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Meet Sigve Knutson, The Rising Star of Norwegian Design

Sigve Knutson is part of a special cadre of designers who seem to emerge from art school fully formed and gallery ready, their degree projects often representing some ingenious made-up process that acts as a bellwether for where the design world is headed. His 2016 thesis project from the Design Academy Eindhoven was immediately snapped up and developed by Carwan Gallery; earlier this year, when we called out a certain lumpen aesthetic as one of the top design trends for 2018, Knutson's work was the primary reason why.
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Block Shop Los Angeles studio

Inside the Color-Drenched L.A. Studio of Block Shop Textiles

For their installation at Sight Unseen OFFSITE, sisters Lily and Hopie Stockman — the duo behind the textile line Block Shop — are drawing inspiration from their own studio, high up in a historic bank building in downtown Los Angeles. “Our studio is filled with rugs and pillows and dogs and books and other human beings coming and going. We wanted to recreate that in New York,” says Hopie. Voracious, eclectic readers, the Stockman sisters have envisioned the project as a reading room.
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A Belgian Designer in Morocco On What It’s Like to Run a Global Brand Via Instagram

Working from the center of a medina in Marrakech might not seem like the most straightforward way to achieve international acclaim, but with an aesthetic that walks right up to an Anthro catalog, then takes a sharp left toward Picasso, Laurence Leenaert of LRNCE has done just that. We caught up with Leenaert in her showroom-cum-studio to find out what it's like to run a global brand via Instagram, how she stays inspired, and why she can’t imagine being anywhere else.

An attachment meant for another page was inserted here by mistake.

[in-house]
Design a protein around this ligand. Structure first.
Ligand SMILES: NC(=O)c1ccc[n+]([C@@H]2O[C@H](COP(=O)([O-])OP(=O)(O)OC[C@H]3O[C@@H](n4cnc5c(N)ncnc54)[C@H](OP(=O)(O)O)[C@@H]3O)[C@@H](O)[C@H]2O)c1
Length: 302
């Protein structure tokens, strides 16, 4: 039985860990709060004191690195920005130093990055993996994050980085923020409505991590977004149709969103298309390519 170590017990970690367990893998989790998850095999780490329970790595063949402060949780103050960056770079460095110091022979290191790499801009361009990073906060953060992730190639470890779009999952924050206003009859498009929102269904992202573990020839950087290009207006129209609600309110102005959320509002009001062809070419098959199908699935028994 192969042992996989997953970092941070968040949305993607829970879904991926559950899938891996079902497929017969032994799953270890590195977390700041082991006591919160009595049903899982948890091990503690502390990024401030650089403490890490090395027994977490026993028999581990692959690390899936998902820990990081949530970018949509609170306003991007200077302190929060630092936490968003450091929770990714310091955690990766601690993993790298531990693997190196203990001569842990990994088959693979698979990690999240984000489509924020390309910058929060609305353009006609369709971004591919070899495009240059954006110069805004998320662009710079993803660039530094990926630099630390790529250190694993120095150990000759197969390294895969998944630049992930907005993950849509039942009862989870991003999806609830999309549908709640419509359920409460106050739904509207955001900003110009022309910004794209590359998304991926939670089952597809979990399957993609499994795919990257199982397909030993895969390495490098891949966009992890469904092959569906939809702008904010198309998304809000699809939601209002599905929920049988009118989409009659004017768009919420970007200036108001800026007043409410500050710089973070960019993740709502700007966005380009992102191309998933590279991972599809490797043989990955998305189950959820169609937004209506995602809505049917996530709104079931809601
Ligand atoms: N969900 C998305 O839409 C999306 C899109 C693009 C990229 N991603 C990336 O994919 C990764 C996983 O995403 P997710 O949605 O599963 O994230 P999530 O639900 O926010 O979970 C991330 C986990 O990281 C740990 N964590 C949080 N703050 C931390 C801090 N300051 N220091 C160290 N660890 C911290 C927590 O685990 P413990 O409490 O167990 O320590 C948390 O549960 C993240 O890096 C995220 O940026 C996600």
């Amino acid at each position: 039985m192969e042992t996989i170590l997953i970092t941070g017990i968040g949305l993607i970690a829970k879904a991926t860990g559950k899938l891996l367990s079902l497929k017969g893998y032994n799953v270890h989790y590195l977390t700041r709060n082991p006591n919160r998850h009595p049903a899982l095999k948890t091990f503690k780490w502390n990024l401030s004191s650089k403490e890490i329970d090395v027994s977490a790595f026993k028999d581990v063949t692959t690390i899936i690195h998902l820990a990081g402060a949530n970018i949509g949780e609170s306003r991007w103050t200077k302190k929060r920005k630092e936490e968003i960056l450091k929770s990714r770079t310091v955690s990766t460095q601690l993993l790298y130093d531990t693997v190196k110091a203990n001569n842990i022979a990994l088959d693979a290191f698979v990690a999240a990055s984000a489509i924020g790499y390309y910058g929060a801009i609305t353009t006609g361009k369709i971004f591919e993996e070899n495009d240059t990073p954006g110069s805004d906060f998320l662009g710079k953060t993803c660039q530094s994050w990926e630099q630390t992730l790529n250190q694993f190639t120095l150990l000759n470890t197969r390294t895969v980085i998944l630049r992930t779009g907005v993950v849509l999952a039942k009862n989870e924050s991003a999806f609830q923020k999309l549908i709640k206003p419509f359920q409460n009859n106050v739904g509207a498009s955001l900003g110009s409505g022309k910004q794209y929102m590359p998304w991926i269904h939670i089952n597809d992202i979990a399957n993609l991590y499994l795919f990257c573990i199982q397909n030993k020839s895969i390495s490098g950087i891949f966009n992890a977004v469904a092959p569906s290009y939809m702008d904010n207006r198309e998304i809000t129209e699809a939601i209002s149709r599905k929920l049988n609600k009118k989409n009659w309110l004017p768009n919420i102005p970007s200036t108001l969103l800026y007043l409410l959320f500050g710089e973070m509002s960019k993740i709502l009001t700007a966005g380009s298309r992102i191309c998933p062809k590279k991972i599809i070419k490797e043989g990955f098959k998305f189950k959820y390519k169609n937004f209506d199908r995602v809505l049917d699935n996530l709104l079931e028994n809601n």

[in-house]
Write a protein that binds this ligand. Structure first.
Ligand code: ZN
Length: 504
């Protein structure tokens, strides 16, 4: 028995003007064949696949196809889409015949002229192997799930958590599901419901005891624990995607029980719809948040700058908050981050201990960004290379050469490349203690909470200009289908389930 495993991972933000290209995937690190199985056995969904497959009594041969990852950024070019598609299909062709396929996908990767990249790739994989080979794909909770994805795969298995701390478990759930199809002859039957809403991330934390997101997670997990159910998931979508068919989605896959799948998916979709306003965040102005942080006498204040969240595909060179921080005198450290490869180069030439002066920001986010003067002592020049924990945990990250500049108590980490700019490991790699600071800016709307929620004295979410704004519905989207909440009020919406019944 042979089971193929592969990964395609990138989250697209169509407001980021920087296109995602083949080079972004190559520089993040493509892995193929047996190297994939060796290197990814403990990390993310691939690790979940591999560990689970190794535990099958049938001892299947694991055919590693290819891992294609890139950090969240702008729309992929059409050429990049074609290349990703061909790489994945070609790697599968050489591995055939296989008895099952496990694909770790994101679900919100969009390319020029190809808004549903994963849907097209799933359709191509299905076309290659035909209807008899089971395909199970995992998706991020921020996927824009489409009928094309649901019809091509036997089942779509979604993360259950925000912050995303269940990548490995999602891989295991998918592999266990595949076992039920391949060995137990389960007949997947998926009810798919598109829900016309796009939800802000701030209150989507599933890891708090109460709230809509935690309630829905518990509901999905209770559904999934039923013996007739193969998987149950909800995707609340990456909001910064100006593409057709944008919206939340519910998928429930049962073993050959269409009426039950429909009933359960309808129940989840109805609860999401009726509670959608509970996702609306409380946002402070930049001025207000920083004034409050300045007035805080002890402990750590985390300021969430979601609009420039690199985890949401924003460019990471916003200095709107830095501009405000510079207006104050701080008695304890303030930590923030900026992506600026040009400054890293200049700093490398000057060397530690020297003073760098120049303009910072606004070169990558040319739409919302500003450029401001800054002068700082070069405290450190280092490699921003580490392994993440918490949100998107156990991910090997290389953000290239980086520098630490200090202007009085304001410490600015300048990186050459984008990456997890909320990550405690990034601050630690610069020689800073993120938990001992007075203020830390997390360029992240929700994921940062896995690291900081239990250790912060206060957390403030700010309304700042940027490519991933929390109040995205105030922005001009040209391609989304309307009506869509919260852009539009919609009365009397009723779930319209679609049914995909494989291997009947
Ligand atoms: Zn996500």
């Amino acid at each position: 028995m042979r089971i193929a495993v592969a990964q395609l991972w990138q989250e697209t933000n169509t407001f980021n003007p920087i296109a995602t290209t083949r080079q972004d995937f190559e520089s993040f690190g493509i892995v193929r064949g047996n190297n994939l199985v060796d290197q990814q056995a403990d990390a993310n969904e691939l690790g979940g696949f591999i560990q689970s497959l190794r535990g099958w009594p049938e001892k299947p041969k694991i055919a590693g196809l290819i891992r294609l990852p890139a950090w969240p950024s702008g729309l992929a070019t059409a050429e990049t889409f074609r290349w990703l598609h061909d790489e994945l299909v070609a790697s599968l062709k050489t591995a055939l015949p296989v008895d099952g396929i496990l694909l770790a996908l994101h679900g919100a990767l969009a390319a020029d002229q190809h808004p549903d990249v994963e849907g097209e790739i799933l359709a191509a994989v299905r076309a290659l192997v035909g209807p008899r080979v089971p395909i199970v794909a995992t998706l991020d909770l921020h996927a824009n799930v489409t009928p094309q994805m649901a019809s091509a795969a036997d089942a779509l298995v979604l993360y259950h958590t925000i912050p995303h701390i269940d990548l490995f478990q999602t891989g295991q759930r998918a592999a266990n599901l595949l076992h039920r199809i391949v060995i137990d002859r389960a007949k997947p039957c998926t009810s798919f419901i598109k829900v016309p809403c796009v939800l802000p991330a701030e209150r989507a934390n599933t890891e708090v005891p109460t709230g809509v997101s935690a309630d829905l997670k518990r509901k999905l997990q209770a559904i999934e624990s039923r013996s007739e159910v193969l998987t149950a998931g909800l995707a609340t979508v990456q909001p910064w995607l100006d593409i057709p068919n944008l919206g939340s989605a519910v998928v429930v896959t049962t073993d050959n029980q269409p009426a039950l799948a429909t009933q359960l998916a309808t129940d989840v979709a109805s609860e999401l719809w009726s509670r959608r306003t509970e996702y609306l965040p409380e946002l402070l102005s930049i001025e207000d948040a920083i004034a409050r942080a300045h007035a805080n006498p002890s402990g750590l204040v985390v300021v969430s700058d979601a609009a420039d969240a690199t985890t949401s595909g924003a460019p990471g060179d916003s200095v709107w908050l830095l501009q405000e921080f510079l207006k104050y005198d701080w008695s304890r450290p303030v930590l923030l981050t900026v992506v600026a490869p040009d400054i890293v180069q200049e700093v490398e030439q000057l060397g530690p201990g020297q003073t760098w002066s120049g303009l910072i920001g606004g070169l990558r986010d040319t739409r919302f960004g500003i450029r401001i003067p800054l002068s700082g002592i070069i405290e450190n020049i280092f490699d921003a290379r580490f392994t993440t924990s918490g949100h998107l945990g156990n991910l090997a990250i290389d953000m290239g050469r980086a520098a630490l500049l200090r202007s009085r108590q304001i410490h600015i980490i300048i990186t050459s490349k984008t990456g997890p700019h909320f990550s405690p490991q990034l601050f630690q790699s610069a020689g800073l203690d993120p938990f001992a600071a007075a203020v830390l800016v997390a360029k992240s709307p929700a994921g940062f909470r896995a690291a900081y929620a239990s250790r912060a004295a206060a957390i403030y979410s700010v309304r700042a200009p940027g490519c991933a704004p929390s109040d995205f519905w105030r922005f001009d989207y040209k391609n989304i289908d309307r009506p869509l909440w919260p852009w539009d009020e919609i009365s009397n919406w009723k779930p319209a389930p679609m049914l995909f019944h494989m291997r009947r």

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The Glass-Walled LA Loft of New Fashion Brand Everybody is Anything But Basic

As former creative leads at American Apparel, it’s no surprise that Iris Alonzo and Carolina Crespo have an idiosyncratic sense of what counts as basic. After all, these are the women who visually defined a generation by re-proportioning denim and T-shirts into high-waisted mom jeans and plunging V-necks. In leggings as pants and a rainbow array of unitards — and in a now-notorious series of advertisements — was the sense that wearing a uniform could be outré, as well as an embrace of ease that paved the way for the subsequent movements of athleisure and normcore. The duo's new line follows suit: EVERYBODY, a collection of unisex, seasonless basics ranging from a white cotton flightsuit to a perfect garment-dyed denim work coat. We recently visited them in their studio.
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At 83, Vasa — and His Famed Acrylic Sculptures — Are Still On Top of the LA Art World

When our friend and sometime contributor Robin Stein emailed us to reveal that Los Angeles artist — and longtime SU obsession — Vasa Mihich was an old family friend, and ask if we might be interested in shooting his Los Angeles studio and archives, we jumped at the chance. What Stein's photos reveal is something that we, who often focus on design's newest and youngest practitioners, rarely have access to: a portrait of an octogenarian artist, still producing at a rapid clip, at the height of his career and his potential; a maker clearly in love with both his materials and his process.
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This Copenhagen Design Duo Uses 3D Software to Create Interiors — And Art